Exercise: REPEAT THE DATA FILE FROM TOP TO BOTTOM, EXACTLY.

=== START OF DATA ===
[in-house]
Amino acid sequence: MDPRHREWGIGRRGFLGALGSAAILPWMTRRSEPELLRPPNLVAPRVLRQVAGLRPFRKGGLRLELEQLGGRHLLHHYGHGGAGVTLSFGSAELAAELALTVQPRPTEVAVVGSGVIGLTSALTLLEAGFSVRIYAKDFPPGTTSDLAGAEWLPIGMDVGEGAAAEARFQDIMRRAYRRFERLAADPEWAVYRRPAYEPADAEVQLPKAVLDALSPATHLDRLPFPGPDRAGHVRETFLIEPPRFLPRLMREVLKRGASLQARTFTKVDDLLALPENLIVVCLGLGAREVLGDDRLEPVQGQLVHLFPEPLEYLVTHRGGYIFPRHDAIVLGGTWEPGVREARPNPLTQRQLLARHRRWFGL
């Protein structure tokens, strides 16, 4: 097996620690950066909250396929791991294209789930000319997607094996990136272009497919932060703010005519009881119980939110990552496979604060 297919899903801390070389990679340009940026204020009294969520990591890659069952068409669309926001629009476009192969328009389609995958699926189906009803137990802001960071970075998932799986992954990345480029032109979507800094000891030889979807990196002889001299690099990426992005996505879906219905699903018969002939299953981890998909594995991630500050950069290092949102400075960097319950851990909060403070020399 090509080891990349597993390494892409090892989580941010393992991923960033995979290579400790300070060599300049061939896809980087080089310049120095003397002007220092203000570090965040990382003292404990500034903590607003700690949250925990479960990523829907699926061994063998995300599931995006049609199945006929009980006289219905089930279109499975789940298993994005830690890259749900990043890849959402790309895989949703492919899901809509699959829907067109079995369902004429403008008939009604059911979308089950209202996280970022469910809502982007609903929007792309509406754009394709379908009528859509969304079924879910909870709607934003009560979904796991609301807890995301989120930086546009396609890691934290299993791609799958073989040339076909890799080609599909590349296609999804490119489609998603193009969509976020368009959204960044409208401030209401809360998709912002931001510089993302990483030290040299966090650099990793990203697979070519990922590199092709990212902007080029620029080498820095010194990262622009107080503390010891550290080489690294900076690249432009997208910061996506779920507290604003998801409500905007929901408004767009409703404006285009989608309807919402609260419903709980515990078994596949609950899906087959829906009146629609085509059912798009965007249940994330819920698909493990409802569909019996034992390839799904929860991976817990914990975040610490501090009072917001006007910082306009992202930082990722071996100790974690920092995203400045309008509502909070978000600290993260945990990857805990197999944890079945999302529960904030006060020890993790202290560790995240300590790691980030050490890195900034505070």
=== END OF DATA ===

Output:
[in-house]
Amino acid sequence: MDPRHREWGIGRRGFLGALGSAAILPWMTRRSEPELLRPPNLVAPRVLRQVAGLRPFRKGGLRLELEQLGGRHLLHHYGHGGAGVTLSFGSAELAAELALTVQPRPTEVAVVGSGVIGLTSALTLLEAGFSVRIYAKDFPPGTTSDLAGAEWLPIGMDVGEGAAAEARFQDIMRRAYRRFERLAADPEWAVYRRPAYEPADAEVQLPKAVLDALSPATHLDRLPFPGPDRAGHVRETFLIEPPRFLPRLMREVLKRGASLQARTFTKVDDLLALPENLIVVCLGLGAREVLGDDRLEPVQGQLVHLFPEPLEYLVTHRGGYIFPRHDAIVLGGTWEPGVREARPNPLTQRQLLARHRRWFGL
């Protein structure tokens, strides 16, 4: 097996620690950066909250396929791991294209789930000319997607094996990136272009497919932060703010005519009881119980939110990552496979604060 297919899903801390070389990679340009940026204020009294969520990591890659069952068409669309926001629009476009192969328009389609995958699926189906009803137990802001960071970075998932799986992954990345480029032109979507800094000891030889979807990196002889001299690099990426992005996505879906219905699903018969002939299953981890998909594995991630500050950069290092949102400075960097319950851990909060403070020399 090509080891990349597993390494892409090892989580941010393992991923960033995979290579400790300070060599300049061939896809980087080089310049120095003397002007220092203000570090965040990382003292404990500034903590607003700690949250925990479960990523829907699926061994063998995300599931995006049609199945006929009980006289219905089930279109499975789940298993994005830690890259749900990043890849959402790309895989949703492919899901809509699959829907067109079995369902004429403008008939009604059911979308089950209202996280970022469910809502982007609903929007792309509406754009394709379908009528859509969304079924879910909870709607934003009560979904796991609301807890995301989120930086546009396609890691934290299993791609799958073989040339076909890799080609599909590349296609999804490119489609998603193009969509976020368009959204960044409208401030209401809360998709912002931001510089993302990483030290040299966090650099990793990203697979070519990922590199092709990212902007080029620029080498820095010194990262622009107080503390010891550290080489690294900076690249432009997208910061996506779920507290604003998801409500905007929901408004767009409703404006285009989608309807919402609260419903709980515990078994596949609950899906087959829906009146629609085509059912798009965007249940994330819920698909493990409802569909019996034992390839799904929860991976817990914990975040610490501090009072917001006007910082306009992202930082990722071996100790974690920092995203400045309008509502909070978000600290993260945990990857805990197999944890079945999302529960904030006060020890993790202290560790995240300590790691980030050490890195900034505070």